Oral Cancer Oncology Rehabilitation
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Video: Oncology RehabilitationOncology Rehabilitation
At Cancer Treatment Centers of America, we integrate oncology rehabilitation into treatment plans to help patients stay physically strong so they can tolerate cancer treatment and continue to participate in everyday activities.
Oncology Rehabilitation for Oral Cancer
Our rehabilitation therapists help you build strength and endurance, regain independence, reduce stress, and maintain the energy you need to participate in activities that are important to you throughout your oral cancer treatment.
The oncology rehabilitation team at CTCA includes licensed physical therapists, occupational therapists and speech pathologists.
As part of your oral cancer treatment, our physical therapists can help you design an individualized exercise program that combines range-of-motion training with light resistance exercises. These therapeutic exercises aim to minimize your fatigue and optimize your physical function, safety and well-being.
Importantly, all physical therapy programs are designed so that you can continue useful exercises at home on your own, so that your recovery does not need to rely completely on visits to the center.
Our oncology rehabilitation team’s occupational therapists can help you with daily living activities that are important to your routine and quality of life, such as dressing, showering and eating.
Speech and Language Pathology
At CTCA, most oral cancer patients have all facial structures preserved and intact following treatment. However, many oral cancer patients will benefit from speech and language pathology during treatment and/or afterwards.
Our therapists address problems such as dry mouth, difficulty swallowing, loss of voice and cognitive changes that can result from cancer treatment. Our speech pathologists and oncology rehabilitation professionals offer several approaches to help patients who are experiencing changes following oral cancer treatment:
- Auricular acupuncture: This therapy, done without needles, stimulates the saliva glands. For patients experiencing a dry mouth during or after treatment, this technique can help maintain proper moisture, which is essential for swallowing, speaking, and an overall good quality of life.
- Muscle exercises: Specific movements to strengthen the tongue can lead to significant improvements in speech and swallowing.
- Electric stimulation: Another way to address muscular problems after treatment is with electric stimulation. With this approach, safe and gentle stimuli are applied to help trigger the tongue and other muscles that are essential for speaking, chewing, and swallowing.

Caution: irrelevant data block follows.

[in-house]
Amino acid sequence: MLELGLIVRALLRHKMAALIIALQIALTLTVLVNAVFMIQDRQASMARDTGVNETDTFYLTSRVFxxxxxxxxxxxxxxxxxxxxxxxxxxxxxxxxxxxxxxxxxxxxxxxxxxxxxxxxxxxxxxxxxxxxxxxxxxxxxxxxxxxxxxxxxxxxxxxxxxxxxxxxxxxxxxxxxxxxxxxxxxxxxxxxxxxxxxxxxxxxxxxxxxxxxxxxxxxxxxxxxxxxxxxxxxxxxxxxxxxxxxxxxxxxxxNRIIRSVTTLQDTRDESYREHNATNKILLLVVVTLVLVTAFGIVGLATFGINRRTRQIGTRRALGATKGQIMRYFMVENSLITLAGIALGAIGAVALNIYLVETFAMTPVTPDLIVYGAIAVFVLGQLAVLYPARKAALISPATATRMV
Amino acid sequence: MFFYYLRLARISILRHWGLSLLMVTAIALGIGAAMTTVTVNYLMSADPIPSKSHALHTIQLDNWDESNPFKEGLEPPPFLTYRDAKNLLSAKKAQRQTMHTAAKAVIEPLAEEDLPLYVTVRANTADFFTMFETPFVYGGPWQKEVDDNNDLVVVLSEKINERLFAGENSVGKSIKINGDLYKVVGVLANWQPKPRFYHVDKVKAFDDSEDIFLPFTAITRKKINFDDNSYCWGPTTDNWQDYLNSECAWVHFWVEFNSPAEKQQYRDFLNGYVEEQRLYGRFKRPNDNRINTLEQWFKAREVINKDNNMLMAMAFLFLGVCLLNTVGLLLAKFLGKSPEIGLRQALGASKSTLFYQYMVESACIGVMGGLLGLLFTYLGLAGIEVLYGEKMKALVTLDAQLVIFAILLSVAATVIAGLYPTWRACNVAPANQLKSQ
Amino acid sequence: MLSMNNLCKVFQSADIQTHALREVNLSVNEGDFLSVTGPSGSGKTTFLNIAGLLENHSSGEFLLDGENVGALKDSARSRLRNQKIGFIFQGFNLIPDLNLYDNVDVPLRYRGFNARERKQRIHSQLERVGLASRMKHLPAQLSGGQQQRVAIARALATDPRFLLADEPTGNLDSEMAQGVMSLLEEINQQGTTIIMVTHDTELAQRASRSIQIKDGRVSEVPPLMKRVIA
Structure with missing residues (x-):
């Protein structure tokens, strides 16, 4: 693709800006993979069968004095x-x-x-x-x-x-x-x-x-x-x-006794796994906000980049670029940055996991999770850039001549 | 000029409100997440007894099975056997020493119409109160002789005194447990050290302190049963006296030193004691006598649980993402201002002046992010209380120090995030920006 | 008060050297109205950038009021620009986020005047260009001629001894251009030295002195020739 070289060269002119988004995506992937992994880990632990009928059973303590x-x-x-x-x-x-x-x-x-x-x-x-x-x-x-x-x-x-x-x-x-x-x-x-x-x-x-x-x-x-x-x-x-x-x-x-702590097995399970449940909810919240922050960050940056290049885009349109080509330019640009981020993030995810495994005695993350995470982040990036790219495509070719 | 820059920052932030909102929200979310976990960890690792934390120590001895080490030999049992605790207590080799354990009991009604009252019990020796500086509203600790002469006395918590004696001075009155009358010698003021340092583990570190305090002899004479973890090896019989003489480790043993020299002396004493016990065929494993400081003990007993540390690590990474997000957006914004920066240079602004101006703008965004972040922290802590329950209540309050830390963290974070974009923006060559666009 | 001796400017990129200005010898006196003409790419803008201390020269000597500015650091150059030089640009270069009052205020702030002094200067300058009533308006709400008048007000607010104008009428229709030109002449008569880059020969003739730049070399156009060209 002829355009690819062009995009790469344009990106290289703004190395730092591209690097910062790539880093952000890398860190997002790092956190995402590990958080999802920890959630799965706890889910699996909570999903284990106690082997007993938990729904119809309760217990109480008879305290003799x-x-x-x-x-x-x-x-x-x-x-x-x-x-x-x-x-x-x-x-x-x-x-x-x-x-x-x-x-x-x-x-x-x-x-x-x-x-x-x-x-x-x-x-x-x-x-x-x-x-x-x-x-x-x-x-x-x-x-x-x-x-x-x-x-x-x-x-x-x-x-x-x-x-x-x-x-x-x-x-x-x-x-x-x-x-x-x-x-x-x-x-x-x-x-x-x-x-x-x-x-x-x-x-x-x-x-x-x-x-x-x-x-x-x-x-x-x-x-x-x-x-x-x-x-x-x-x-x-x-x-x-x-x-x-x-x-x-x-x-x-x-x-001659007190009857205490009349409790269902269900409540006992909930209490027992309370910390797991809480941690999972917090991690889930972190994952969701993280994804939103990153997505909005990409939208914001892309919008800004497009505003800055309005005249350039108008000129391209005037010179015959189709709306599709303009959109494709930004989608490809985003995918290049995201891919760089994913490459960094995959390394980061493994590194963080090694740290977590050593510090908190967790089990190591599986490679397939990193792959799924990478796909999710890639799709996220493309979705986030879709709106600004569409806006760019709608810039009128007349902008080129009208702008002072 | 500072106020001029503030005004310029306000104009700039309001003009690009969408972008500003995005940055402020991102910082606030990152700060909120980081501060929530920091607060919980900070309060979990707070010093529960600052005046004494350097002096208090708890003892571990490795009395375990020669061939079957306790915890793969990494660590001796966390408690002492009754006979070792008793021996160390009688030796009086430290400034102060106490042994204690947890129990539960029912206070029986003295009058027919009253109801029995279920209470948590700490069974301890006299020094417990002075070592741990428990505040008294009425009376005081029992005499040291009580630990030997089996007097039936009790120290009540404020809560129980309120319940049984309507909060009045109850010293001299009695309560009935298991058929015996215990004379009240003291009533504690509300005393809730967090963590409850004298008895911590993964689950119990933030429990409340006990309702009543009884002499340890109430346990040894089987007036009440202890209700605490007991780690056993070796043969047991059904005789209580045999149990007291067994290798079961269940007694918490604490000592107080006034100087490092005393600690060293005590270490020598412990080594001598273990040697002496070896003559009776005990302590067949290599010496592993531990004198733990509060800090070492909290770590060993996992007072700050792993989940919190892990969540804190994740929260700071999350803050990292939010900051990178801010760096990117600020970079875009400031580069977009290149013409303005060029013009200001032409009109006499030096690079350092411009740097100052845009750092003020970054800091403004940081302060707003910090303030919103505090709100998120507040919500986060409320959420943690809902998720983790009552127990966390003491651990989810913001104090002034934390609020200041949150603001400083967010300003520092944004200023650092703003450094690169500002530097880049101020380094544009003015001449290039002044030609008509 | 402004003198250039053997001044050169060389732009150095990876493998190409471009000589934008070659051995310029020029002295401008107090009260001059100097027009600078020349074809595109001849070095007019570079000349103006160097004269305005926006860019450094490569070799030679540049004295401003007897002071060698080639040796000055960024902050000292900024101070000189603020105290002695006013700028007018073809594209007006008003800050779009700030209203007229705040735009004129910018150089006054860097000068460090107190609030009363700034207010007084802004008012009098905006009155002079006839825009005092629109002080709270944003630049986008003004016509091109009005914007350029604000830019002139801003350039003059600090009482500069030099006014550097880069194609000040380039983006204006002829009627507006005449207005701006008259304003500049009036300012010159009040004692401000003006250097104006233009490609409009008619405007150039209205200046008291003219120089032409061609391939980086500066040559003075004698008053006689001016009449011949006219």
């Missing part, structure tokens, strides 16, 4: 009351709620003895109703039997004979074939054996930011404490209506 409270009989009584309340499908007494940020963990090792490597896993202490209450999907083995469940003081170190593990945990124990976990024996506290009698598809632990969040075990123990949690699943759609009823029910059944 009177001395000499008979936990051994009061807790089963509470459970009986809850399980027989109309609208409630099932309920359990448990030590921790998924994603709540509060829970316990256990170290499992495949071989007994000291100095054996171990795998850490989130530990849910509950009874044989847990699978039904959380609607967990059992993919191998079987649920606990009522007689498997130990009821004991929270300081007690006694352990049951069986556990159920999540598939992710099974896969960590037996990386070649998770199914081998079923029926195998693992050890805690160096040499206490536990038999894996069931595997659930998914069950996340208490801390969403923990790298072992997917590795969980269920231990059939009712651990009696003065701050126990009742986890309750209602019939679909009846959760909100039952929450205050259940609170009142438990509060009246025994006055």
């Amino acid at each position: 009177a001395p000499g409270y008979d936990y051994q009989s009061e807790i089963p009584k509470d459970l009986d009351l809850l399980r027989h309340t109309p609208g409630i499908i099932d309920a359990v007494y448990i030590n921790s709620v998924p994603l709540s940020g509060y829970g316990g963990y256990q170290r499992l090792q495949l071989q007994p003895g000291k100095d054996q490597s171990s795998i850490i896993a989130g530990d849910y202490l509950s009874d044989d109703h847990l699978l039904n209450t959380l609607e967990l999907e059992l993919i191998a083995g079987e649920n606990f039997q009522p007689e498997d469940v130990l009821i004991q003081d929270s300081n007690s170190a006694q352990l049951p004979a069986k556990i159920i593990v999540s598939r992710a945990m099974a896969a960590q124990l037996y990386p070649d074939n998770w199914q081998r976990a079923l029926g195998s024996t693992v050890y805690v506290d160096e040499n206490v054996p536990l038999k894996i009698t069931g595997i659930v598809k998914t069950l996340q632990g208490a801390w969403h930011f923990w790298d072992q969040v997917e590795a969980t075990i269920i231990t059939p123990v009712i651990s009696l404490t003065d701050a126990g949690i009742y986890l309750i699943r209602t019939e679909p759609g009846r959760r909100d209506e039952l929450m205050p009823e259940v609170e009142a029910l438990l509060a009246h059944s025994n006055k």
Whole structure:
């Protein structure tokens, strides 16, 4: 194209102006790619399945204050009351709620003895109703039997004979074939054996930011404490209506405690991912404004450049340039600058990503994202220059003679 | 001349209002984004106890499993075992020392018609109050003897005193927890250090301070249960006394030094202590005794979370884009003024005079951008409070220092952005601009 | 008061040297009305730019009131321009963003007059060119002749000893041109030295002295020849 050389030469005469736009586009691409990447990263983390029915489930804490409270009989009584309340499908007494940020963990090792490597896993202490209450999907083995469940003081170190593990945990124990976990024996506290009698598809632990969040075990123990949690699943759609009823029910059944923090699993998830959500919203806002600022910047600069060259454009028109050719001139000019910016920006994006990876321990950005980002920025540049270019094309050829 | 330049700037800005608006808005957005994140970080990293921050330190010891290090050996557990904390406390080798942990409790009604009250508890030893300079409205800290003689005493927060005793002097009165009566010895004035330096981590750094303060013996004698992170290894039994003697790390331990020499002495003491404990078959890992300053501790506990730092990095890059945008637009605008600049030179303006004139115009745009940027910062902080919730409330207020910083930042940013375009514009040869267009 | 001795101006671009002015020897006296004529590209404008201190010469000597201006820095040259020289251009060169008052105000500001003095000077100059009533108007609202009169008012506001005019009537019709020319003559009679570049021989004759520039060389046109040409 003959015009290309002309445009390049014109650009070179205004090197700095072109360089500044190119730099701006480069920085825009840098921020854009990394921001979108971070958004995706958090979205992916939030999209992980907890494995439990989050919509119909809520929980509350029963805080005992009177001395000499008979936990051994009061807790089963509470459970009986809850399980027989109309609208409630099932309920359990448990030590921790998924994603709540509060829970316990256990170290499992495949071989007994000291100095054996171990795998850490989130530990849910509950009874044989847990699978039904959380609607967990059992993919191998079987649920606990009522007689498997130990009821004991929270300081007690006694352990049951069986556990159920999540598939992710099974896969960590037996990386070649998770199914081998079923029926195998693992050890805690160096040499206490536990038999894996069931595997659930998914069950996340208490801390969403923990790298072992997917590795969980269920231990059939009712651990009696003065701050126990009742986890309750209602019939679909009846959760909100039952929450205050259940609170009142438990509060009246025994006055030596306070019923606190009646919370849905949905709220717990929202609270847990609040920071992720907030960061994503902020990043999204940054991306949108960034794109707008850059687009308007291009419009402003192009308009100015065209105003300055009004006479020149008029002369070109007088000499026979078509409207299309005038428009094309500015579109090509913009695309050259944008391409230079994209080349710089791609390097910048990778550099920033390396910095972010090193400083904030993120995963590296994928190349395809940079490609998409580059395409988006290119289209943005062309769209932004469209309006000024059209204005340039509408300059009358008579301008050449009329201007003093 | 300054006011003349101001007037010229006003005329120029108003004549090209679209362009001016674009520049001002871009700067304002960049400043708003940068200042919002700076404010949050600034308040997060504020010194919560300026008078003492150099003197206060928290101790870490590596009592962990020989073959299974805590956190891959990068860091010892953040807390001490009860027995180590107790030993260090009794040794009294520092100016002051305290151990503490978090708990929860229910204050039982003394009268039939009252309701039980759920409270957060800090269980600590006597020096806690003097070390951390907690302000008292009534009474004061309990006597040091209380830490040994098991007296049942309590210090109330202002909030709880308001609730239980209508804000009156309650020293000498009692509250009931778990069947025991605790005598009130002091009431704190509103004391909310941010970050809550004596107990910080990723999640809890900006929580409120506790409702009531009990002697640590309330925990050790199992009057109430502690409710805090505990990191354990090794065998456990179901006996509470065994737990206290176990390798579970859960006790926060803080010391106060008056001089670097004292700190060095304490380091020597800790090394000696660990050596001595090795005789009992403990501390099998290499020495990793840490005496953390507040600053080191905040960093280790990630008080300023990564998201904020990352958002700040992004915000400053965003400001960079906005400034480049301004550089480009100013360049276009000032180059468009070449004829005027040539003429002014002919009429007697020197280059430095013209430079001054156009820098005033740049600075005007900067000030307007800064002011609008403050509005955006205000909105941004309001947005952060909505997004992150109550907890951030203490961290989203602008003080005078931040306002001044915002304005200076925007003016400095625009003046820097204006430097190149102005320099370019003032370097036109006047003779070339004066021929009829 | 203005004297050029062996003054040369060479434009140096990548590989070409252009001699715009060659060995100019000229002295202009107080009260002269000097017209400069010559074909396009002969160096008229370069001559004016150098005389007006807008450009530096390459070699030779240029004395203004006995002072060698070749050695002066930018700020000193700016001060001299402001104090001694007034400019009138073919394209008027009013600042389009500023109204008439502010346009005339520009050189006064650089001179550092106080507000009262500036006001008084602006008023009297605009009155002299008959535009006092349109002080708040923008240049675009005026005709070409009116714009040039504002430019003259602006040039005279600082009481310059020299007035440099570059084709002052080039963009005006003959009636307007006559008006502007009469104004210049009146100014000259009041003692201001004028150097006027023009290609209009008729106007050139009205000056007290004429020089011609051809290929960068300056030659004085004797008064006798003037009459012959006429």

- Biofeedback: Our oncology rehabilitation team can also work with you to restore any lost or weak muscle through biofeedback. This approach enables patients to see a direct link between their efforts and the movement of internal muscles. For example, an endoscopist can insert a camera that shows movement of the laryngeal tissue during swallowing. This visualization assists the patient with strengthening the connection between the neurological pathways that lead to swallowing and the action itself.
- Fibrosis/scarring examinations: For patients who receive radiation therapy, follow-up examinations by a speech pathologist can be essential. Often, fibrosis, or scar tissue, can develop in the weeks following radiation. This scarring can make it difficult to open the mouth, and, in severe cases, can close off the airways during eating. Because scarring is difficult to predict, regular visits with our oral cancer oncology rehabilitation team will help ensure that any potential problem is caught and treated early.
- Tracheoesophageal puncture: For patients who undergo a laryngectomy as part of their treatment, an artificial speaking device, called a tracheoesophageal puncture, may be inserted into the throat wall. Our oral cancer oncology rehabilitation specialists work closely with patients on proper use of the device, to help ensure a smooth transition following treatment.
- Tracheotomy speaking valve: For patients who undergo a tracheotomy, a valve can be placed over the end of the tube to help facilitate speech.
- At-home regimens: At CTCA, we are committed to equipping patients with the know-how and confidence to take control of their lives following treatment for oral cancer. Our specialists can provide you with exercise regimens and other suggestions that will help you recover and improve the quality of your life.
Our massage therapists can help reduce your cancer-related pain and improve your quality of life during your oral cancer treatment.
This painless, non-invasive treatment, which involves stimulation of the auricle of the external ear, can help alleviate some of the side effects of cancer treatments, such as pain, nausea or fatigue
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